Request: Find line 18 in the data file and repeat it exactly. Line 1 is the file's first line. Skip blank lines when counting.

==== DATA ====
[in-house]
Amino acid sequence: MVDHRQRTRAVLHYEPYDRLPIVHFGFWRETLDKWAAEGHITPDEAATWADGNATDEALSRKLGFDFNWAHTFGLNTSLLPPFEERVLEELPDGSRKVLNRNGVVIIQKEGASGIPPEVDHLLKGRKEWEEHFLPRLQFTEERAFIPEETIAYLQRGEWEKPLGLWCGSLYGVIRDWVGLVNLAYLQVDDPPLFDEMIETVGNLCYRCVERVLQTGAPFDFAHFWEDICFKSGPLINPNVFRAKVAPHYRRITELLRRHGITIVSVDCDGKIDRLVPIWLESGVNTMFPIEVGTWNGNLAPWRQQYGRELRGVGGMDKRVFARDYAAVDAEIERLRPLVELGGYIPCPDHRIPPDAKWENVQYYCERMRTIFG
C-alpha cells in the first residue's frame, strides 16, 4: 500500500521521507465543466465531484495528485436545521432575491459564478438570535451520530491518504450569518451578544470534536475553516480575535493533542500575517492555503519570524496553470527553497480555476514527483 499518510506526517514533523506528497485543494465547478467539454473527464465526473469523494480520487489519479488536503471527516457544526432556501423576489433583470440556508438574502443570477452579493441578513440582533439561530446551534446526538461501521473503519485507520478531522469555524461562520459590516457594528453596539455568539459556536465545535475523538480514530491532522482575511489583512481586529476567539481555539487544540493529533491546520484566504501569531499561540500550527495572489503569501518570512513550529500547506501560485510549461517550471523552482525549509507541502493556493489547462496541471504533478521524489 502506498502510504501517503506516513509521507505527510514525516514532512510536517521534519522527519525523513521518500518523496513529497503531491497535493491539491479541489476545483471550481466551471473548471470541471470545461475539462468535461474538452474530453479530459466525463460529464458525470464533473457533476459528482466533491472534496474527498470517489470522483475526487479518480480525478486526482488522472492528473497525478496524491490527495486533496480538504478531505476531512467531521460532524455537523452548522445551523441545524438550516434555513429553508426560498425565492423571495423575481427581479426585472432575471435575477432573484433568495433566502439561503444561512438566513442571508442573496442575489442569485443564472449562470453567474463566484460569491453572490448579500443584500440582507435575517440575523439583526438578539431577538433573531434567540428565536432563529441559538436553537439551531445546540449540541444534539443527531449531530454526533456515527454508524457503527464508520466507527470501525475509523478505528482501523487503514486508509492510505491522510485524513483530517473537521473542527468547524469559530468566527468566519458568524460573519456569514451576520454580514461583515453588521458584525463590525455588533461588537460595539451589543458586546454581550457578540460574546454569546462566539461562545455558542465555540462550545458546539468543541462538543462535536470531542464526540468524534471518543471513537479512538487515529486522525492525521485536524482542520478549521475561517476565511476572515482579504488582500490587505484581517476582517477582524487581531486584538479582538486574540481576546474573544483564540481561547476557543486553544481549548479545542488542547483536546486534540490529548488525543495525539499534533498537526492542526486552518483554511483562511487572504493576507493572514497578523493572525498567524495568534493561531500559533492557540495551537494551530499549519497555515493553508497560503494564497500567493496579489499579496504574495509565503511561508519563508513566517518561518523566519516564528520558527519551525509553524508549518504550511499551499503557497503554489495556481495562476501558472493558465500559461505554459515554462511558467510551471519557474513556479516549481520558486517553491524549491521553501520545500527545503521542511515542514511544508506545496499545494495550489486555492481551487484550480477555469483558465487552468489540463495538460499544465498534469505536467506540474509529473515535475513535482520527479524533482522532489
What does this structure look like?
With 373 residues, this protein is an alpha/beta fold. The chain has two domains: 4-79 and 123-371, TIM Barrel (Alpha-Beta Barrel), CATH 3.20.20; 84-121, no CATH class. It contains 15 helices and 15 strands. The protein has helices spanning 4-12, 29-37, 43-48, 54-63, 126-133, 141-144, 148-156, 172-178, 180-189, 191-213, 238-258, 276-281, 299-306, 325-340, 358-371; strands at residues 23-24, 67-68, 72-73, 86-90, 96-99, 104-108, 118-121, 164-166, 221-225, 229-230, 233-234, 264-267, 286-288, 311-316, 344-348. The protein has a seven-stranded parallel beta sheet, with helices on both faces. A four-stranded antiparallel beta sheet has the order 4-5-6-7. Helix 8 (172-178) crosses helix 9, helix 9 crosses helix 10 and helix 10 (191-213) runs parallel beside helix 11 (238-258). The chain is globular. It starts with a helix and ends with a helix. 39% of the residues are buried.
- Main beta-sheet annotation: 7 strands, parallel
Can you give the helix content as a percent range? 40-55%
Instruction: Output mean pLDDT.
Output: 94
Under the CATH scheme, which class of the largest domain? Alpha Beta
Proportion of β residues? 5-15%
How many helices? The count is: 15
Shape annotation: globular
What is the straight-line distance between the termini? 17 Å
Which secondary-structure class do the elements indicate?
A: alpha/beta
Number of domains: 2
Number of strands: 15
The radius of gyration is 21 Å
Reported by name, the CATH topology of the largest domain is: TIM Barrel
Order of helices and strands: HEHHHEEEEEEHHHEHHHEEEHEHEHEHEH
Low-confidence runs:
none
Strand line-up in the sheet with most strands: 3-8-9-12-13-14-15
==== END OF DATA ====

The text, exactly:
Number of strands: 15